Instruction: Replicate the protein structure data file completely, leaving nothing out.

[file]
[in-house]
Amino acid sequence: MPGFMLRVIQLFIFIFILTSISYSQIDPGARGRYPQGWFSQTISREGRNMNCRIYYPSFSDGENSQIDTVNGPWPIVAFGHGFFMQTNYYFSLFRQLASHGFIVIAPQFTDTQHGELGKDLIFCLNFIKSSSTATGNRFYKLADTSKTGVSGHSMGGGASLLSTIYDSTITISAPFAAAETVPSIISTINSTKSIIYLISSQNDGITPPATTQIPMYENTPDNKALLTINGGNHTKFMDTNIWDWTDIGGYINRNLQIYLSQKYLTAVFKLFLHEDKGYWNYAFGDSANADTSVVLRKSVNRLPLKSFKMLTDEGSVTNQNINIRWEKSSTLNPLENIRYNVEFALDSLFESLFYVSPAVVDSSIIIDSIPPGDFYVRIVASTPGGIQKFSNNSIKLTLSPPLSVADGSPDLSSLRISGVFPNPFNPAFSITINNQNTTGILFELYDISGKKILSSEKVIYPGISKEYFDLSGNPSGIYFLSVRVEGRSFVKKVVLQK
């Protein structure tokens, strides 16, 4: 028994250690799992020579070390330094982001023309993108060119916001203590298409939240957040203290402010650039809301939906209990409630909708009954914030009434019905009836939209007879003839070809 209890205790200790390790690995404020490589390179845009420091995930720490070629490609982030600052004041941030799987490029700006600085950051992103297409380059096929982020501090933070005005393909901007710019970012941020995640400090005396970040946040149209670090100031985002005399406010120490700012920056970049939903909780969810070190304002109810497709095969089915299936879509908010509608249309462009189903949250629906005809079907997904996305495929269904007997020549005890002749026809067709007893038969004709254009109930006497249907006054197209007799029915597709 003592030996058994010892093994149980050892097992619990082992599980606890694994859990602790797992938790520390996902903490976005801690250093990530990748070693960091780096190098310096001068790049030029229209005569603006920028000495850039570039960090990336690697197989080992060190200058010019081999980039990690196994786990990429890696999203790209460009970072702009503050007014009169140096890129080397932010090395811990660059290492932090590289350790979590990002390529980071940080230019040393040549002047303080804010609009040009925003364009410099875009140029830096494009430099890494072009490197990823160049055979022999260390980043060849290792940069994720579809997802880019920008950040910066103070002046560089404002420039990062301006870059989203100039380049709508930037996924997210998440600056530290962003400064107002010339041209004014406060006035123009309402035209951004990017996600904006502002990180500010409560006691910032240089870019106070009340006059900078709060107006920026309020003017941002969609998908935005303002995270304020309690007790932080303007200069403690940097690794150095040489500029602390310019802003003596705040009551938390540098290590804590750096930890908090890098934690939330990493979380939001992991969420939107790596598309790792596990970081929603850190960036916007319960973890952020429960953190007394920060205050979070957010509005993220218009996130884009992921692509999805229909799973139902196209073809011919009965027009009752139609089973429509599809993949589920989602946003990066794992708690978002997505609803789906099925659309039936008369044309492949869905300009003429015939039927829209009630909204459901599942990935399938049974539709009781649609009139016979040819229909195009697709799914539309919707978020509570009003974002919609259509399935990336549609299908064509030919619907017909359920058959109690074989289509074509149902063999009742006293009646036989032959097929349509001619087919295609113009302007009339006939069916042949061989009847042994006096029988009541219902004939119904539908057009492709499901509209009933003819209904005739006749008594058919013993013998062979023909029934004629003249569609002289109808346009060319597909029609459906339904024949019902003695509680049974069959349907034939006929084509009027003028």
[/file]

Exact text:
[in-house]
Amino acid sequence: MPGFMLRVIQLFIFIFILTSISYSQIDPGARGRYPQGWFSQTISREGRNMNCRIYYPSFSDGENSQIDTVNGPWPIVAFGHGFFMQTNYYFSLFRQLASHGFIVIAPQFTDTQHGELGKDLIFCLNFIKSSSTATGNRFYKLADTSKTGVSGHSMGGGASLLSTIYDSTITISAPFAAAETVPSIISTINSTKSIIYLISSQNDGITPPATTQIPMYENTPDNKALLTINGGNHTKFMDTNIWDWTDIGGYINRNLQIYLSQKYLTAVFKLFLHEDKGYWNYAFGDSANADTSVVLRKSVNRLPLKSFKMLTDEGSVTNQNINIRWEKSSTLNPLENIRYNVEFALDSLFESLFYVSPAVVDSSIIIDSIPPGDFYVRIVASTPGGIQKFSNNSIKLTLSPPLSVADGSPDLSSLRISGVFPNPFNPAFSITINNQNTTGILFELYDISGKKILSSEKVIYPGISKEYFDLSGNPSGIYFLSVRVEGRSFVKKVVLQK
């Protein structure tokens, strides 16, 4: 028994250690799992020579070390330094982001023309993108060119916001203590298409939240957040203290402010650039809301939906209990409630909708009954914030009434019905009836939209007879003839070809 209890205790200790390790690995404020490589390179845009420091995930720490070629490609982030600052004041941030799987490029700006600085950051992103297409380059096929982020501090933070005005393909901007710019970012941020995640400090005396970040946040149209670090100031985002005399406010120490700012920056970049939903909780969810070190304002109810497709095969089915299936879509908010509608249309462009189903949250629906005809079907997904996305495929269904007997020549005890002749026809067709007893038969004709254009109930006497249907006054197209007799029915597709 003592030996058994010892093994149980050892097992619990082992599980606890694994859990602790797992938790520390996902903490976005801690250093990530990748070693960091780096190098310096001068790049030029229209005569603006920028000495850039570039960090990336690697197989080992060190200058010019081999980039990690196994786990990429890696999203790209460009970072702009503050007014009169140096890129080397932010090395811990660059290492932090590289350790979590990002390529980071940080230019040393040549002047303080804010609009040009925003364009410099875009140029830096494009430099890494072009490197990823160049055979022999260390980043060849290792940069994720579809997802880019920008950040910066103070002046560089404002420039990062301006870059989203100039380049709508930037996924997210998440600056530290962003400064107002010339041209004014406060006035123009309402035209951004990017996600904006502002990180500010409560006691910032240089870019106070009340006059900078709060107006920026309020003017941002969609998908935005303002995270304020309690007790932080303007200069403690940097690794150095040489500029602390310019802003003596705040009551938390540098290590804590750096930890908090890098934690939330990493979380939001992991969420939107790596598309790792596990970081929603850190960036916007319960973890952020429960953190007394920060205050979070957010509005993220218009996130884009992921692509999805229909799973139902196209073809011919009965027009009752139609089973429509599809993949589920989602946003990066794992708690978002997505609803789906099925659309039936008369044309492949869905300009003429015939039927829209009630909204459901599942990935399938049974539709009781649609009139016979040819229909195009697709799914539309919707978020509570009003974002919609259509399935990336549609299908064509030919619907017909359920058959109690074989289509074509149902063999009742006293009646036989032959097929349509001619087919295609113009302007009339006939069916042949061989009847042994006096029988009541219902004939119904539908057009492709499901509209009933003819209904005739006749008594058919013993013998062979023909029934004629003249569609002289109808346009060319597909029609459906339904024949019902003695509680049974069959349907034939006929084509009027003028």